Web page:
Source: Content Marketing Institute, 2021 B2B Content Marketing report
2020: Year of Information Overload
During lockdown, an increasing number of people began using social media as their main source of news and information. As a result, pandemic marketing became more reliant on social channels to connect with consumers in innovative ways.
There has been a rise in disseminating messaging through brand journalism as opposed to straight content marketing. Brand journalism and storytelling may be viewed as more credible and trustworthy, which can lead to authentic connections with consumers. In the past year, authenticity proved essential in community outreach and consumer relationships.
The practice of both social media listening and monitoring has become critical to adjusting your messaging. What are people saying about you, about your brand? In order to customize your message, you need to know your audience. Sixty-five percent of customers report using social media for customer service. Responding in a timely manner is key to retaining those customers.
2020: Year of E-Commerce
Not surprisingly, e-commerce grew a significant amount during 2020. Sixty-two percent of shoppers reported shopping online more often during the pandemic. As a result, one out of four businesses say they will increase marketing activities to maintain their online presence.
According to the Interactive Advertising Bureau, the pandemic effectively shrunk the timetable for widespread e-commerce adoption. The transition from physical shopping to digital shopping was five times faster last year than in any other year.
Small- to medium-sized businesses faced a formidable challenge. An estimated 98,000 establishments which had temporarily shut down went out of business for good. The impact on small businesses could be seen in store closings, loss of revenue and sales, and unemployment. Despite the bad news, however, 57% of SMBs reported being optimistic about their future, citing increased online interactions and payments.
E-commerce sales markedly increased over the holiday season, which were expected to jump by one-third in 2020. Roughly half of sales could be attributed to personalized content.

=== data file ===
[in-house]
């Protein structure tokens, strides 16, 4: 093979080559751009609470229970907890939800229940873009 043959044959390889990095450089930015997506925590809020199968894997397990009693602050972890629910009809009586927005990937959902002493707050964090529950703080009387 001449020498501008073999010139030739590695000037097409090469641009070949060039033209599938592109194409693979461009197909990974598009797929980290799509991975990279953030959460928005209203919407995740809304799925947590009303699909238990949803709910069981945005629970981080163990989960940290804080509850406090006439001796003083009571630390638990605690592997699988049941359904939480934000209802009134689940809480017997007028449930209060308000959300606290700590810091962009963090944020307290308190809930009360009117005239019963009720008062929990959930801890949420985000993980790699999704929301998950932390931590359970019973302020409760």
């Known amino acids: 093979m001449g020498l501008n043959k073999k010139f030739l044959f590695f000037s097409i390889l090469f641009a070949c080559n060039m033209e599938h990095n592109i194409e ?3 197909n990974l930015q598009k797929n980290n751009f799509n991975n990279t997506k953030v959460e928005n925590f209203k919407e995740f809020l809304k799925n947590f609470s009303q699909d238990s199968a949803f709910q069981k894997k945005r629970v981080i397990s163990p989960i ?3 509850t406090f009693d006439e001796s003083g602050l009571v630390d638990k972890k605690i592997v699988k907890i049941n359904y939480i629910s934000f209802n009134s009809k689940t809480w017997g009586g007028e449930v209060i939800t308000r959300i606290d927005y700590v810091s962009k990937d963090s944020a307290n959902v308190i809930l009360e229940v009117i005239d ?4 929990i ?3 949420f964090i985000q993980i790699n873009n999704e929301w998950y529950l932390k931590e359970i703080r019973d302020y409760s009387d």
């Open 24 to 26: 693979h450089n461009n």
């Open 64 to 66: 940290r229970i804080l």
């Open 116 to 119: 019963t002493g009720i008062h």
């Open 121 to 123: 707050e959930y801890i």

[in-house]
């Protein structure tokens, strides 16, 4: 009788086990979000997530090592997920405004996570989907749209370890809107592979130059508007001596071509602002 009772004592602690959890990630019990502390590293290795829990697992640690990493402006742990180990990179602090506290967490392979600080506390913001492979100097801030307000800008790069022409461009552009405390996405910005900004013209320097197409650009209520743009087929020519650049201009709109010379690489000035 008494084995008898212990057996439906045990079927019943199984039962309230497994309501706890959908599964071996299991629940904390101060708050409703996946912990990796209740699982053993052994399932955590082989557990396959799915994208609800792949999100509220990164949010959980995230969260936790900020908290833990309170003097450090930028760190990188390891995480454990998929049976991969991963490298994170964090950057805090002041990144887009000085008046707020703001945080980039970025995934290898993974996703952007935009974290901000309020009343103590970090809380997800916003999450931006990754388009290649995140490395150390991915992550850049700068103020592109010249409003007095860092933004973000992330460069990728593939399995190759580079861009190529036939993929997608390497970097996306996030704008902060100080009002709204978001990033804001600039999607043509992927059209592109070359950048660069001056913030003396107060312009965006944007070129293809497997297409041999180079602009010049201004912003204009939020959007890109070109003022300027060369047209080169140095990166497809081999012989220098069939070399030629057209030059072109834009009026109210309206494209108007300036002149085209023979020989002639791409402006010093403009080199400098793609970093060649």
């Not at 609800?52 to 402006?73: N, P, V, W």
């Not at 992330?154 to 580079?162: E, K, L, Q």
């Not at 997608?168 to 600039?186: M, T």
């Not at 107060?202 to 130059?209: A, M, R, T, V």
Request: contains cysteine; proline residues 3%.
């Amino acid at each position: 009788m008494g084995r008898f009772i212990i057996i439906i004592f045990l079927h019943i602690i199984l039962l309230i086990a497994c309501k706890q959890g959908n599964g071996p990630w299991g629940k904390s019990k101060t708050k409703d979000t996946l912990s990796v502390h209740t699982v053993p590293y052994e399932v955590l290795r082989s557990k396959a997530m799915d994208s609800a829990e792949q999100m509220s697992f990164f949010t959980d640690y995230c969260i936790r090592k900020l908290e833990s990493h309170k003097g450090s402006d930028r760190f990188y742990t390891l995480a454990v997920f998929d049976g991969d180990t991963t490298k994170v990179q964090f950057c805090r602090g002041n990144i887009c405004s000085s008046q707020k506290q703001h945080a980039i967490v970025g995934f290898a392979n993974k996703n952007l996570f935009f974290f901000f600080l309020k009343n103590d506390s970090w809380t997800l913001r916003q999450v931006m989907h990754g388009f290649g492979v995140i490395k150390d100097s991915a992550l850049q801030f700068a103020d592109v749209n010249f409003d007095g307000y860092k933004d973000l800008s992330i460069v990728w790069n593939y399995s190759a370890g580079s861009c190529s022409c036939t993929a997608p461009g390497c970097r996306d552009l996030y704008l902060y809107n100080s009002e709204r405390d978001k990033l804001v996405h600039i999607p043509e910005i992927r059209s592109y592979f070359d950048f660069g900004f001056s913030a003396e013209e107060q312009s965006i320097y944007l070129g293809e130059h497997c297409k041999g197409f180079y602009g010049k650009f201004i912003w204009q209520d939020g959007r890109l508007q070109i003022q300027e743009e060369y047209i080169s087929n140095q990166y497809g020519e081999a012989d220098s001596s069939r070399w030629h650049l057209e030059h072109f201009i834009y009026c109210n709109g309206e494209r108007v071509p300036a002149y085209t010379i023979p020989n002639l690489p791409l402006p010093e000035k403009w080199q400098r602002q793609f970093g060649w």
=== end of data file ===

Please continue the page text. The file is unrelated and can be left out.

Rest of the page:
During the pandemic, companies were faced with new types of consumers—the anxious spender and the Covid consumer. Clearly anxiety levels were up, and this translated into weary consumers and perplexed marketers. Different spending behaviors emerged based on age, employment status, shopping habits, perspective on brands, and the overall perceived impact of Covid-19 on their lives. Some of these concerns will no doubt remain.
As for whether consumers will permanently alter their shopping behavior going forward, 42% say yes.
2020: Year of Virtual Events
The seats were empty. The fans stayed home. Concerts and festivals were livestreamed. And the 41% of marketers who once considered live events and conferences their most important marketing tool struggled to transform the physical into the digital.
However, holding events online did offer some advantages including lower costs. Customer engagement tools such as live chat and breakout rooms stood in for traditional networking. Levering your social media presence across all platforms also proved indispensable in promoting events to a global audience.
Covid-19 hit the sports industry especially hard. As of last May, Statista reported an expected loss of $2.2 billion of national TV revenue. And playing without screaming fans in the stands was, well, a game changer.
2021: Year of Evolution
No matter what our expectations are for 2021, at the very least we can say it’s not 2020. We may still be social distancing but with adaptation, collaboration and authenticity, we made it through the year.
Image by Gerd Altmann from Pixabay